Here is are two reasons why context marketing matters per HubSpot:
When you have context around your relationship with a contact, you’re able to provide more personalized and relevant marketing content that’s targeted at their needs. Personalized and relevant marketing is the foundation for creating content people love.
When you’re creating marketing that’s targeted at people’s point of need, it stands to reason that marketing will perform much better for you, because you aren’t delivering marketing content that’s misaligned with their interests or stage in the sales cycle. Think about it: If you know that our B2B lead from the previous section is getting new budget in January, she’s downloaded a couple buying guides in the past two weeks, she’s visited your product pages, and it’s December, you’re able to send her insanely targeted content that addresses her needs — like, say, an offer for a custom end of year demo of your product with a rep that specializes in the finance industry. That’s content that she’s pretty likely to convert on.
Test as much as possible
Nothing is going to hinder your ability to optimize the buyer journey and funnel in highly qualified leads than falling stagnant on your executions. This is why testing as much as possible should be ingrained into your processes and just everything you do.
Have a hypothesis? Test it. Something working really well? Test more.
It’s about isolating variables and also pushing the throttle as much as you can until you hit the ceiling and can clearly see exactly what is moving the needle. This means that you are seeing a positive ROI, great engagement, shortening the sales cycle, etc.
More specifically, everything you test, you are tracking and measuring against benchmarks and KPIs you have in place. This will help you not only better understand your target customers but also make sure that you are not wasting marketing dollars on crappy opportunities that aren’t going to yield you any results.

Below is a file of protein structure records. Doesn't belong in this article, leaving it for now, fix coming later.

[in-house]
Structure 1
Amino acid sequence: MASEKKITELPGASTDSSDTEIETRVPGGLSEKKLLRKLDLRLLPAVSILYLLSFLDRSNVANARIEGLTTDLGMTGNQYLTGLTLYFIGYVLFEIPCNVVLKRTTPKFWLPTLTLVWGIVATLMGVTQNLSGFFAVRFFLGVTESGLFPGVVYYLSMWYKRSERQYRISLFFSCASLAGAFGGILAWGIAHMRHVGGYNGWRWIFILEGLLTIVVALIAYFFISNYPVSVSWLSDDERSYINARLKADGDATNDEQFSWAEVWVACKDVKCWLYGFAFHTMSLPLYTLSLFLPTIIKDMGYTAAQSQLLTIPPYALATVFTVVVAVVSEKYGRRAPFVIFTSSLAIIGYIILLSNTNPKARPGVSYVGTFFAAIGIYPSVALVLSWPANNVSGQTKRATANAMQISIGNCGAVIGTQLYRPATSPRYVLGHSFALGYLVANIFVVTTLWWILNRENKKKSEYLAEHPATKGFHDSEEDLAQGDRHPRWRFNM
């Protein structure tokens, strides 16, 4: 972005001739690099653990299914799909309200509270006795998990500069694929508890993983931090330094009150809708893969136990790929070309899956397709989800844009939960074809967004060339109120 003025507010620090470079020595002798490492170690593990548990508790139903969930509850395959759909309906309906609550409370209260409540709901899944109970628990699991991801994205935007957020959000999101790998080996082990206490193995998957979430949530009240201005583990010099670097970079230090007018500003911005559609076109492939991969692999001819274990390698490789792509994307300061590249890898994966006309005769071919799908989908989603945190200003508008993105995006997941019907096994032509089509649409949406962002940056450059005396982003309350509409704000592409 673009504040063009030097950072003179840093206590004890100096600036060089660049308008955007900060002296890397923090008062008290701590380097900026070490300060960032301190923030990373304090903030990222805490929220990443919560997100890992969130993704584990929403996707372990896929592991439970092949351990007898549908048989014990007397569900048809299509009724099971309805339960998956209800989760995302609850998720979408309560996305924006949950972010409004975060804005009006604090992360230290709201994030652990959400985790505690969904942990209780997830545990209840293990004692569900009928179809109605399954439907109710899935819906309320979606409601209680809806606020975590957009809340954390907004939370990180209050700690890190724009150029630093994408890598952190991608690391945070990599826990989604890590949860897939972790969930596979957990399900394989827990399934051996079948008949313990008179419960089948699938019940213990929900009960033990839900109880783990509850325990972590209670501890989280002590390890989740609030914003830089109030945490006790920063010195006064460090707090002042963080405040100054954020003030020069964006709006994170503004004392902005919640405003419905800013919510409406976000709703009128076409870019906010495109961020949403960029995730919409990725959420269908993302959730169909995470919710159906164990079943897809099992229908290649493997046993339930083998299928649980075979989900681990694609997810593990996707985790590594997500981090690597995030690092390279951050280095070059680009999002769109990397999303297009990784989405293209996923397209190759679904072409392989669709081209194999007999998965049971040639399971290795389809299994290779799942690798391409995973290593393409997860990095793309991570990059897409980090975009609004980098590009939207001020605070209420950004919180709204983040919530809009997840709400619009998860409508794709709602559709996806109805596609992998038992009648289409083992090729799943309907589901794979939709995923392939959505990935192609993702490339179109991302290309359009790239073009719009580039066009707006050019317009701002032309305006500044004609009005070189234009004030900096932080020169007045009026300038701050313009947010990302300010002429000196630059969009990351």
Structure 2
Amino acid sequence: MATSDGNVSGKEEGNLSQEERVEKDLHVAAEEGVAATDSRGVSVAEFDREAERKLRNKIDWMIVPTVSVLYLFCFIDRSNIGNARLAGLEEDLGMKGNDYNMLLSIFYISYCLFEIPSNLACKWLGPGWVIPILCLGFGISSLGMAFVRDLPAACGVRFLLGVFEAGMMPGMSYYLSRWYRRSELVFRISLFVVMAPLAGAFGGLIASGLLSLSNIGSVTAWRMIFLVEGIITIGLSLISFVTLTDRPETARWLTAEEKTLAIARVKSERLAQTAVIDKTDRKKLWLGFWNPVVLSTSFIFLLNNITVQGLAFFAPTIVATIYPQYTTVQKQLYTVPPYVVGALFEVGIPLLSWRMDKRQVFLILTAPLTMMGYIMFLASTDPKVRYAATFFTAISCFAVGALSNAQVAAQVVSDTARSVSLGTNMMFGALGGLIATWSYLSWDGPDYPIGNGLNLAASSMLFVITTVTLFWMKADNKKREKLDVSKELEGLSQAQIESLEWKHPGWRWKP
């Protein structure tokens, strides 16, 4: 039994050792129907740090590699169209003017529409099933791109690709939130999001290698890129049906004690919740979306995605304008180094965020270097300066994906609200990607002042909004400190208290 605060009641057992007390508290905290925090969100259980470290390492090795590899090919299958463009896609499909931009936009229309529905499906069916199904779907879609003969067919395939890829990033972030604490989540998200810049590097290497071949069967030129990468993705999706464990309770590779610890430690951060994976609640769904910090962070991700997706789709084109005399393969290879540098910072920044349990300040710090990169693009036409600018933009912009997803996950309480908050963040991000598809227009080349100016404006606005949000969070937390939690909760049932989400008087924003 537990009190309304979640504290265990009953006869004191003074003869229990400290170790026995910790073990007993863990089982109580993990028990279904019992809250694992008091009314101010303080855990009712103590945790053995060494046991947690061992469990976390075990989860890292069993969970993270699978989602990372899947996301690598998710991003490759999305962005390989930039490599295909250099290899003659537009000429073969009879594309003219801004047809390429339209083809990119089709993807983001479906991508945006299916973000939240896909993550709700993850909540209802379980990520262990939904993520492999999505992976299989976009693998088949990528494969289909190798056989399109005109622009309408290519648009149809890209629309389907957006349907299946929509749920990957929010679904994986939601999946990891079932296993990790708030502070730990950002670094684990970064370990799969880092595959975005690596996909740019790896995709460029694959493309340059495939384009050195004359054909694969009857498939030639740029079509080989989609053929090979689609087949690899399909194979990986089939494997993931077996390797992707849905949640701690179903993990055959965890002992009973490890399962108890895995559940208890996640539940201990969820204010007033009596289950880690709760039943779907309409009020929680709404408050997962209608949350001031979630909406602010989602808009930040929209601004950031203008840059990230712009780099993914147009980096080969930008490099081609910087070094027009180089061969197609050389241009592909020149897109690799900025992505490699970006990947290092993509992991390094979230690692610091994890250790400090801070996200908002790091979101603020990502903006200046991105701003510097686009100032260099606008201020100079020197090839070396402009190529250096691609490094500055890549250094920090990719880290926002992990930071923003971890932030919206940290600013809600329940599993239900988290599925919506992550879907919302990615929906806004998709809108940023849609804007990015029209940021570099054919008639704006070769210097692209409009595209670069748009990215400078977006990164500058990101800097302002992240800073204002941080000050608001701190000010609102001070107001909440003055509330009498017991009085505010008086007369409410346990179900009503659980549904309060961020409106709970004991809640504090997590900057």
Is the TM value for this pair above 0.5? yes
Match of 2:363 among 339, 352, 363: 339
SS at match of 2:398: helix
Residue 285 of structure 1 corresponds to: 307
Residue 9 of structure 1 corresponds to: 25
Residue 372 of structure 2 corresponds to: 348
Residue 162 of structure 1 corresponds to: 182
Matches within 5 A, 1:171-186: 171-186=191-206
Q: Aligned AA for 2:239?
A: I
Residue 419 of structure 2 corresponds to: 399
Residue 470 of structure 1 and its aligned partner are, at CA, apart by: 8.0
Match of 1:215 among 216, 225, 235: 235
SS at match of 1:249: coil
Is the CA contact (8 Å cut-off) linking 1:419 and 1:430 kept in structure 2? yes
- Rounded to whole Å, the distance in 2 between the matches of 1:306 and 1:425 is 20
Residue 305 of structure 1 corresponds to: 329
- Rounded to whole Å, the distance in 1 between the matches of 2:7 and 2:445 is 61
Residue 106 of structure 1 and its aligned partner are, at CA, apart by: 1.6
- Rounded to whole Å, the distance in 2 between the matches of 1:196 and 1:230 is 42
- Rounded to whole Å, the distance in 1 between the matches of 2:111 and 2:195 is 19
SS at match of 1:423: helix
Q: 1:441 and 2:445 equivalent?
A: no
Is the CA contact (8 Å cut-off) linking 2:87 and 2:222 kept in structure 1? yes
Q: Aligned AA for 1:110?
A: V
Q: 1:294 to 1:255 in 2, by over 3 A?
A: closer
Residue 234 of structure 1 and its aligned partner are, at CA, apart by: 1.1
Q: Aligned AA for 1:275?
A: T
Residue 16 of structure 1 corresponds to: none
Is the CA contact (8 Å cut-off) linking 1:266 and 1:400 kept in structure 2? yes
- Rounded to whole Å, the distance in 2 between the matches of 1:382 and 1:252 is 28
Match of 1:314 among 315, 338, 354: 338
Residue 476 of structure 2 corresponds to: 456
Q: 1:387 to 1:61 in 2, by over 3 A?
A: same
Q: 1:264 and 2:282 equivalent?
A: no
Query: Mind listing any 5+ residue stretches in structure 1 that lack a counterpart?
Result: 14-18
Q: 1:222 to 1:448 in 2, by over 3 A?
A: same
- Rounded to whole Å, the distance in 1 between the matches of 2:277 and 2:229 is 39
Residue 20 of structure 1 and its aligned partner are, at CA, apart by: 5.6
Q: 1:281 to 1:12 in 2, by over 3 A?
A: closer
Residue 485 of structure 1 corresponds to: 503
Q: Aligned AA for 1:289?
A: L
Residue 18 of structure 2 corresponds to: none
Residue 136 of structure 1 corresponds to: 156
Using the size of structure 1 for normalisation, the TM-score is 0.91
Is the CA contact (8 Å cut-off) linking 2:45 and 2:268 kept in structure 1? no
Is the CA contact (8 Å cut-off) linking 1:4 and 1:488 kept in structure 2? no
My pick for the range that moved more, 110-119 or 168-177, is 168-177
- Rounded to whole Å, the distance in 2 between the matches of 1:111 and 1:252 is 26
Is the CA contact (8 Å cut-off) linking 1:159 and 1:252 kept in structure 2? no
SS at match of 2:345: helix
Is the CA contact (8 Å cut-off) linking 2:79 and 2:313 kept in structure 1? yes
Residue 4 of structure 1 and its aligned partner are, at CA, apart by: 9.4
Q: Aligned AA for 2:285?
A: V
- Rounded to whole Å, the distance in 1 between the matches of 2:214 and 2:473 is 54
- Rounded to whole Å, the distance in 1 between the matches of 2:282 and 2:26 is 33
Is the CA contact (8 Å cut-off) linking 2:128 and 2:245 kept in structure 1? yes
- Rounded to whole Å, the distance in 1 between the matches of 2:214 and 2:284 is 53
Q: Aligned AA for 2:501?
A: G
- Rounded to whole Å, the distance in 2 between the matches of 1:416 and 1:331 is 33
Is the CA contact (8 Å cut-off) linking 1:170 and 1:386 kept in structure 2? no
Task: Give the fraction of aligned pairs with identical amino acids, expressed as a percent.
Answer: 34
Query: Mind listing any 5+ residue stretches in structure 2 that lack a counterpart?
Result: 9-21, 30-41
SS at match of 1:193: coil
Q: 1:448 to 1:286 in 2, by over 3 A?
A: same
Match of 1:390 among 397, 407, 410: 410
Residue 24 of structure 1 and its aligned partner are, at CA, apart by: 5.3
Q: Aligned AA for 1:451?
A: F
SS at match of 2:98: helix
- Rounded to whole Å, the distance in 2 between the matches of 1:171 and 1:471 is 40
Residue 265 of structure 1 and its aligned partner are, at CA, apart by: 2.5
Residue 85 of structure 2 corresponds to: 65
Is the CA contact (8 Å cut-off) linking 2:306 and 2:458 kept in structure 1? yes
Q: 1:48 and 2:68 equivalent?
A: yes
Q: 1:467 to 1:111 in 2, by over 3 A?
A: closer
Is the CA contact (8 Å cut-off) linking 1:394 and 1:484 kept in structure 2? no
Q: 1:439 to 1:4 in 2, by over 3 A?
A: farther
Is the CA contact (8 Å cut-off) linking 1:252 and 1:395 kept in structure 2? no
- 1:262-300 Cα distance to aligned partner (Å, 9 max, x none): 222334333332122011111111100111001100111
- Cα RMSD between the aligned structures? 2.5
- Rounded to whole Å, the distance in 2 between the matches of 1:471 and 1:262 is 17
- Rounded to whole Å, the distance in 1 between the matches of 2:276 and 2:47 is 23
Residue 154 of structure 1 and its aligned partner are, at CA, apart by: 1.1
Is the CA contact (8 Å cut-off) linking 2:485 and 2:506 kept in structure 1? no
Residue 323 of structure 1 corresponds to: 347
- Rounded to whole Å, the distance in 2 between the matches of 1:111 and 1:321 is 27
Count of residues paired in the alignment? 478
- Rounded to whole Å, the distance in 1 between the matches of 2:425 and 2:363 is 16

Finally, here are some stats around A/B testing that you should be aware of:
- Better UX design as a result of user testing can increase a company’s conversion rate by 400%.
- 71% of companies run two or more A/B tests a month.
- 77% of companies perform A/B tests on their websites.
- 60% of companies perform A/B tests on a landing page.
- 59% of companies perform A/B tests on emails.
- 58% of companies perform A/B tests on paid search campaigns.
- Fewer than half of companies (44%) use split testing software.
- 58% of companies use A/B testing for conversion rate optimization. 60% of companies believe A/B testing is highly valuable for conversion rate optimization.
Wrapping it up
By optimizing the buyer journey for more quality leads, you then have a greater impact on shortening the sales cycle, focusing your efforts on personalized executions, and yield better results that push business growth.
As you continue testing and learning, you’ll find that different personas will venture down different paths so you can easily replicate methodologies to support these paths. From there, the more data you collect, the better off you’ll be in terms of increasing conversions and making better decisions with where you need to spend your marketing efforts as well as dollars.